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Cultivating Advantages: Maintaining a Competitive Edge in the Greenhouse

July 27, 2018 | 3:40 pm | Room 102 | Cultivation

Change on the cultivation side of business operations can be hard to come by and even harder to justify. “If it ain’t broke, don’t fix it” is the adage many business have adopted over the years. However, innovation on the cultivation side is one of the easiest ways to distinguish your business as an industry leader. Aside from costly infrastructure improvements, there are simple changes that can be made in all operations to lower production costs, improve consistency, and eliminate variables.

In a fast-growing market like the cannabis industry, cultivators and business owners need to embrace every opportunity to gain a competitive advantage over their competitors. From the cultivation aspect, such opportunities are plentiful–acceptedly huge overhead and massive profit margins have allowed inefficient operations to thrive for years. While growers in other horticultural and agricultural industries are accustomed to penny-pinching and maximizing efficiency, the same frugality and simplicity is only now becoming the norm in our industry’s largest and most progressive grow operations.

A great example of this is that all cultivators rely on chemical fertilizers to grow successful crops, but many neglect the biological aspect of crop nutrition, leaving their plant’s true potential untapped. Even worse, the alchemist’s approach–mixing and matching various biological and chemical products with no clear intent or purpose–is costly and makes problems much more difficult to solve when they arise. Instead, large-scale cannabis cultivation should be built on the premises of simplicity, efficiency, and quality to provide maximum benefit to both the producer and consumer.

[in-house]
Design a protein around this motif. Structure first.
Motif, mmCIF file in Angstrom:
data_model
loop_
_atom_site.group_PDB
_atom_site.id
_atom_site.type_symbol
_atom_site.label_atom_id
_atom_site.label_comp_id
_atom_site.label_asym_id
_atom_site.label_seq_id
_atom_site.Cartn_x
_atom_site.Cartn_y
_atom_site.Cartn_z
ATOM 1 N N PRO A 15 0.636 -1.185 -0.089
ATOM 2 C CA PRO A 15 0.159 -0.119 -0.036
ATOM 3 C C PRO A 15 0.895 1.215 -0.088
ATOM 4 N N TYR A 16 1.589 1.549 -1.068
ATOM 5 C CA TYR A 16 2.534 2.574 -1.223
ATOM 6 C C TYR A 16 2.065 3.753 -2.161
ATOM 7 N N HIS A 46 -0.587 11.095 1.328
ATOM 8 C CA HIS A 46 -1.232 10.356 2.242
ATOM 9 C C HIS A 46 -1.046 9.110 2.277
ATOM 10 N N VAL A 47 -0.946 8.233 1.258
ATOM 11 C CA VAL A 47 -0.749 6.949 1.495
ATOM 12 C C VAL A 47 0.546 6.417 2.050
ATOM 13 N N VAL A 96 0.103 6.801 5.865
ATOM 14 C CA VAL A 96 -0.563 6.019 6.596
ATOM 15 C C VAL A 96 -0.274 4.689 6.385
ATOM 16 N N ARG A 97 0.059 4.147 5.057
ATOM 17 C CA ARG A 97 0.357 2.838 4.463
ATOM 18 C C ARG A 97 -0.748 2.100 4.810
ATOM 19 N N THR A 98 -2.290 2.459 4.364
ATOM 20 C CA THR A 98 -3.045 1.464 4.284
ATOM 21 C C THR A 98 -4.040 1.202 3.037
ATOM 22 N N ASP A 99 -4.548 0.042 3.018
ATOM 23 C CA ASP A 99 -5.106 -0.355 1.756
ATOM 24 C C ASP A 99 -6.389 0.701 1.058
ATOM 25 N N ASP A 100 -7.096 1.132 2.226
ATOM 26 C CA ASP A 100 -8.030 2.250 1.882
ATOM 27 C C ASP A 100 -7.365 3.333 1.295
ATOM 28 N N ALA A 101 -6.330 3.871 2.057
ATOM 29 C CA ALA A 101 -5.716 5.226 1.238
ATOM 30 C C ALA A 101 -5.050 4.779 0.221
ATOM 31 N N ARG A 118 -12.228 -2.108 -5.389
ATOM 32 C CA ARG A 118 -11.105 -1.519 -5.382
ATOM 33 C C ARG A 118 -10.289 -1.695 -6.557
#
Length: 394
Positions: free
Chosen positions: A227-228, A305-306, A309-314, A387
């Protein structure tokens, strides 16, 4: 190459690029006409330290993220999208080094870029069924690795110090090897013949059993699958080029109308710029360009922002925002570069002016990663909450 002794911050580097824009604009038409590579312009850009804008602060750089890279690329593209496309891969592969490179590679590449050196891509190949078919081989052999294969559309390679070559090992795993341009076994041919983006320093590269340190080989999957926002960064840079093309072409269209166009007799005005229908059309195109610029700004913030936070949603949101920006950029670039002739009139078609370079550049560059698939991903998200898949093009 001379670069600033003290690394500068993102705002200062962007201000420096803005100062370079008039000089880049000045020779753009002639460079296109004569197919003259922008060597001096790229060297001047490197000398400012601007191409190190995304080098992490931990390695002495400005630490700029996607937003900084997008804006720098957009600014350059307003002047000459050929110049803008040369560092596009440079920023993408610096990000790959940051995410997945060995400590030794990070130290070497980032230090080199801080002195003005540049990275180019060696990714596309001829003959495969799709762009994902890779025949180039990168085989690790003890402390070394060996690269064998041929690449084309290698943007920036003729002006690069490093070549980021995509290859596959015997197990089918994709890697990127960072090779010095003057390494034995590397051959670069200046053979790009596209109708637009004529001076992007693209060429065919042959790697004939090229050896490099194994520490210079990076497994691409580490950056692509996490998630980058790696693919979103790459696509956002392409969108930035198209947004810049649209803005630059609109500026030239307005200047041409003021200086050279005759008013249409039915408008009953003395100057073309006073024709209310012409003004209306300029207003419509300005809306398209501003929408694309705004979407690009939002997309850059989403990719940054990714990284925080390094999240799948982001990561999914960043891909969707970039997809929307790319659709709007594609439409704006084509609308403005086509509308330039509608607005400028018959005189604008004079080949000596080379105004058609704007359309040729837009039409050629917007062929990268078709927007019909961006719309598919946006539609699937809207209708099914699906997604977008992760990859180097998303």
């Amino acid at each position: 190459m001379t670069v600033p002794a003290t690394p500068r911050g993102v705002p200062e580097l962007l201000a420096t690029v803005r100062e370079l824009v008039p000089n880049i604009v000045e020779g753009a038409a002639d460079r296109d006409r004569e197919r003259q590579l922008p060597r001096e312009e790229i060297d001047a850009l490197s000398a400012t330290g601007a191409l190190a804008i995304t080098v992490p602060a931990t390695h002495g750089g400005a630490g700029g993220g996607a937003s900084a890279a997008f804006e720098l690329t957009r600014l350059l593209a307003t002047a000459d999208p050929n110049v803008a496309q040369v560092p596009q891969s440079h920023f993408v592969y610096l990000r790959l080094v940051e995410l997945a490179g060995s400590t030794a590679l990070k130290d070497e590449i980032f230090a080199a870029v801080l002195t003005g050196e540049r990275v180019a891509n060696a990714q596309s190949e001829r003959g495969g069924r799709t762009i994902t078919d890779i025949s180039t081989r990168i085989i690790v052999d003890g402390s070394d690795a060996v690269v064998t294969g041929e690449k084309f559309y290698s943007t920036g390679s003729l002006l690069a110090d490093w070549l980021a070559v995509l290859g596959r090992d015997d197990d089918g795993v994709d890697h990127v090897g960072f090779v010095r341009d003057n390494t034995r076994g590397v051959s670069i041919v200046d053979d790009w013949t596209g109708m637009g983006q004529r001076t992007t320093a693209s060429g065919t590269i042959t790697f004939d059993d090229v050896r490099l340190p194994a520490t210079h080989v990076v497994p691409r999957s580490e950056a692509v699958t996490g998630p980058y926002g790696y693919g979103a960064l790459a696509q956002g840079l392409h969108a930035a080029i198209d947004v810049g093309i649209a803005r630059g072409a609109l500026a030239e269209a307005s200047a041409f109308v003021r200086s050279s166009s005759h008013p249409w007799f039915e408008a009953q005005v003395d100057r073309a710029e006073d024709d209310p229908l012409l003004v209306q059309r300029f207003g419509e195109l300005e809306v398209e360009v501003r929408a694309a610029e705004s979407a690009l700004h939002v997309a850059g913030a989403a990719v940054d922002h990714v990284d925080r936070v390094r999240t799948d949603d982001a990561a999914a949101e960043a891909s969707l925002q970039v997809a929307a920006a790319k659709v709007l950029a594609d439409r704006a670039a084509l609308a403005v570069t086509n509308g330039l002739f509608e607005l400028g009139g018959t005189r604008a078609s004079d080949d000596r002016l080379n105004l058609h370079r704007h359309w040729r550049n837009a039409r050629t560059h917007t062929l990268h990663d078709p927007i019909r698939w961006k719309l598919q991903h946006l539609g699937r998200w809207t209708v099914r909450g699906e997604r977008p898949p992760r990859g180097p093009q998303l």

Michael Key; CEO, Impello Biosciences

Michael Key is the founder and CEO of Impello Biosciences, a Colorado-based biotechnology company that specializes in the research and development of plant biostimulants. Their speciality line of biostimulant products currently includes growth-promoting bacteria, amino-acid rich organic fertilizers, and unique biochemical elicitors. ┬áMichael’s role in the company includes overseeing business development, creating strategic partnerships, and directing new product innovation, research, and development. Prior to co-founding Impello, Michael worked as the Director of Horticultural Research and Development for Functional Remedies, a vertically-integrated Colorado hemp company, where he developed and implemented agricultural protocols on 50+ acre farms in both Colorado and Kentucky. Additionally, Michael worked as a Research Assistant in the Center for Rhizosphere Biology at Colorado State University, where he also received his degree in Horticulture. There, Michael co-authored research focused on nematology and bacteriology with particular emphasis on plant-parasitic nematodes and their microbial symbionts. He was involved in the development of a novel screening and isolation method designed to identify potential biocontrol agents from native soils. Other research topics of interest to Michael include plant-stress physiology and plant immunity.

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